“This is a one-on-one interaction,” said Isabelle. “We may have other all-school activities but this is more focused and personal. It’s one of the deeper connections we have.”
While community is the focus for the little buddies, the lessons being learned by the older students are, understandably, more complex. “This is an opportunity for them to begin seeing themselves as mentors and leaders,” said Emma Wellman, principal of the beginning and lower schools. “They have to practice a great deal of patience and empathy and learn to navigate different relationship dynamics.”
This is an opportunity to begin seeing themselves as mentors and leaders. They have to practice a great deal of patience and empathy and learn to navigate different relationship dynamics.”—Emma Wellman, Beginning School and Lower School principal
Anyone who has ever dealt with a high-energy, demanding preschooler knows just how challenging those dynamics can be. But the Lower School students are up to the task and greet the opportunity with gusto. “Sometimes they can be a little hard to be around,” said fourth grader Jack G. “But they can also be really fun and energetic.”
“My buddy decides what we play,” said fifth grader Viviene D. “I ask if she wants to do and then she takes me somewhere random and we play.”
The big buddy/little buddy dynamic isn’t the only one for the older kids to examine. Being in a leadership role gives them a new view of the responsibilities and issues their teachers may face. “They learn a lot of empathy for adults,” said Jen Bourque, fifth-grade teacher. “They also start using language they have learned and stored away. I’ll hear students saying things like ‘We didn’t clean up. We moved on, but we didn’t clean up,’ when interacting with their buddies.”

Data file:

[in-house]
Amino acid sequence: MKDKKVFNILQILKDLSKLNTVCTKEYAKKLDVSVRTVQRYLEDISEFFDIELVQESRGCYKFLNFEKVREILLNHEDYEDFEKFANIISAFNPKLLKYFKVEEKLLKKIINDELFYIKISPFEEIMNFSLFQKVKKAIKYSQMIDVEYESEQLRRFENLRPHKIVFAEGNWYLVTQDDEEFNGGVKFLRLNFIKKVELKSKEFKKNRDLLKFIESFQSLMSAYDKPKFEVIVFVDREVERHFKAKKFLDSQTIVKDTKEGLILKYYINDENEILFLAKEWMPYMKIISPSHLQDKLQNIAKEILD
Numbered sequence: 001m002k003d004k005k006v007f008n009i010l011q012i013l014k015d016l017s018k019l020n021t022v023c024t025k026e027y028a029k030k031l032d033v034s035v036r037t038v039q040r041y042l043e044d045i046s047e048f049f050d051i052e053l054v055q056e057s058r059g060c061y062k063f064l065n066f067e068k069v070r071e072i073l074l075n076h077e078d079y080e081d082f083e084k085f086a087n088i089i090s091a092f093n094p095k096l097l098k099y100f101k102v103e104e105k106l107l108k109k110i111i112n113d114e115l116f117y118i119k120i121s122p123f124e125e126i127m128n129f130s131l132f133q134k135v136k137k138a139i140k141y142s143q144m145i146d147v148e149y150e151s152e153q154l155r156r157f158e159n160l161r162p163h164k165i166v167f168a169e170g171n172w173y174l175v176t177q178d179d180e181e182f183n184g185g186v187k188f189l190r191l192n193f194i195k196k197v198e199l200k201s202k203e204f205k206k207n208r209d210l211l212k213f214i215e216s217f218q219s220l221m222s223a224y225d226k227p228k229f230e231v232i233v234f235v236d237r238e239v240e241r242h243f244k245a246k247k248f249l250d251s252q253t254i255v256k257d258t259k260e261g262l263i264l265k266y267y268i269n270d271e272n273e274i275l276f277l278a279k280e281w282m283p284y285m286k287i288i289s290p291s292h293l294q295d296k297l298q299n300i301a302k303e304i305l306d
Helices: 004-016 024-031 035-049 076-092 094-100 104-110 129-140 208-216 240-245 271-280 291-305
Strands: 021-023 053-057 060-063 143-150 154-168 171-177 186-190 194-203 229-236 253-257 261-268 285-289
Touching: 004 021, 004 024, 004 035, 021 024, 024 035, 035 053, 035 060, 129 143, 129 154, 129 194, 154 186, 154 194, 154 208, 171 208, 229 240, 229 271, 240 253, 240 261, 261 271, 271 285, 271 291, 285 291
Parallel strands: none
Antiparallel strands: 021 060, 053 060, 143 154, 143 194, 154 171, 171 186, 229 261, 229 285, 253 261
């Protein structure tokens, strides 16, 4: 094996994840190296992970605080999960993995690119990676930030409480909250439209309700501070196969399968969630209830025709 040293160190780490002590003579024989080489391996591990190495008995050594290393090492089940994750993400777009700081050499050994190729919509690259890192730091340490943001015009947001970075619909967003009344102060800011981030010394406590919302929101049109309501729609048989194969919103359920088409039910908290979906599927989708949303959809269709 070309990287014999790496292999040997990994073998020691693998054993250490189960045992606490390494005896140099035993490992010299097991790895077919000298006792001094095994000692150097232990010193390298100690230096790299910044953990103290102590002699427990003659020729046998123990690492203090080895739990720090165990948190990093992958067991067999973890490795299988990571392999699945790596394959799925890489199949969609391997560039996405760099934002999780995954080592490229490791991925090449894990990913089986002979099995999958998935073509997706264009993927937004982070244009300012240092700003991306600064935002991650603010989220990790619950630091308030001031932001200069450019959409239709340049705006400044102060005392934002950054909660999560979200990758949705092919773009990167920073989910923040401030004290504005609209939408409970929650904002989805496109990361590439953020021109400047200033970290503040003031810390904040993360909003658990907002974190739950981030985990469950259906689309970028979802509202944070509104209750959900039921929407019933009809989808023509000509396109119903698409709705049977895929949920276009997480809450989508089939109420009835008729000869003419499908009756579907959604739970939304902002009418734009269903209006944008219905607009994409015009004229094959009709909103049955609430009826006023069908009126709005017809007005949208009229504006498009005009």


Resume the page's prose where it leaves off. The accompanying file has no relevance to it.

Those types of interactions were absent last year as we locked down and worked through the uncertain days of the pandemic. The absence of the buddy program was acutely felt among both students and teachers in a time already filled with losses. “The buddy program is something students ask about each year before it even starts,” said Brittney. “When we were able to reintroduce it there was a lot of excitement and a feeling of relief.”
4PreK student Mille P. may sum up everyone’s feelings best. “When the big buddies come I’m really excited,” she said. “I just want to run to them but I know I have to wait. I just want to run because I love my big buddy.”